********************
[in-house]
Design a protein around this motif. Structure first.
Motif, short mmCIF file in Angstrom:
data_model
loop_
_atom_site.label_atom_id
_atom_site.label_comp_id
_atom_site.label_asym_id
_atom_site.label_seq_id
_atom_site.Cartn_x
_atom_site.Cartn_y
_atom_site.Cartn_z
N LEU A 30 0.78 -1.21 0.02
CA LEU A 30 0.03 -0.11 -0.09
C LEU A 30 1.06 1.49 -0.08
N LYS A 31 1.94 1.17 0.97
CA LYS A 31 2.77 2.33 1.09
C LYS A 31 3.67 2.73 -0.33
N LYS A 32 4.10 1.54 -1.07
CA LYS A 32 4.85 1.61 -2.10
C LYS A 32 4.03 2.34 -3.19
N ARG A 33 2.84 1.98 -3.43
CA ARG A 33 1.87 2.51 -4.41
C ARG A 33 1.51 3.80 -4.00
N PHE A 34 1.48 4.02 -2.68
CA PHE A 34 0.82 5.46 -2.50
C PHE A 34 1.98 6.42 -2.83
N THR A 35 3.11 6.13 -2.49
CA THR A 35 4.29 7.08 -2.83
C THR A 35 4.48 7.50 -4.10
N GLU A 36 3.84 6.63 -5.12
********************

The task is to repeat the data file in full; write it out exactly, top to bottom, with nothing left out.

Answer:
[in-house]
Design a protein around this motif. Structure first.
Motif, short mmCIF file in Angstrom:
data_model
loop_
_atom_site.label_atom_id
_atom_site.label_comp_id
_atom_site.label_asym_id
_atom_site.label_seq_id
_atom_site.Cartn_x
_atom_site.Cartn_y
_atom_site.Cartn_z
N LEU A 30 0.78 -1.21 0.02
CA LEU A 30 0.03 -0.11 -0.09
C LEU A 30 1.06 1.49 -0.08
N LYS A 31 1.94 1.17 0.97
CA LYS A 31 2.77 2.33 1.09
C LYS A 31 3.67 2.73 -0.33
N LYS A 32 4.10 1.54 -1.07
CA LYS A 32 4.85 1.61 -2.10
C LYS A 32 4.03 2.34 -3.19
N ARG A 33 2.84 1.98 -3.43
CA ARG A 33 1.87 2.51 -4.41
C ARG A 33 1.51 3.80 -4.00
N PHE A 34 1.48 4.02 -2.68
CA PHE A 34 0.82 5.46 -2.50
C PHE A 34 1.98 6.42 -2.83
N THR A 35 3.11 6.13 -2.49
CA THR A 35 4.29 7.08 -2.83
C THR A 35 4.48 7.50 -4.10
N GLU A 36 3.84 6.63 -5.12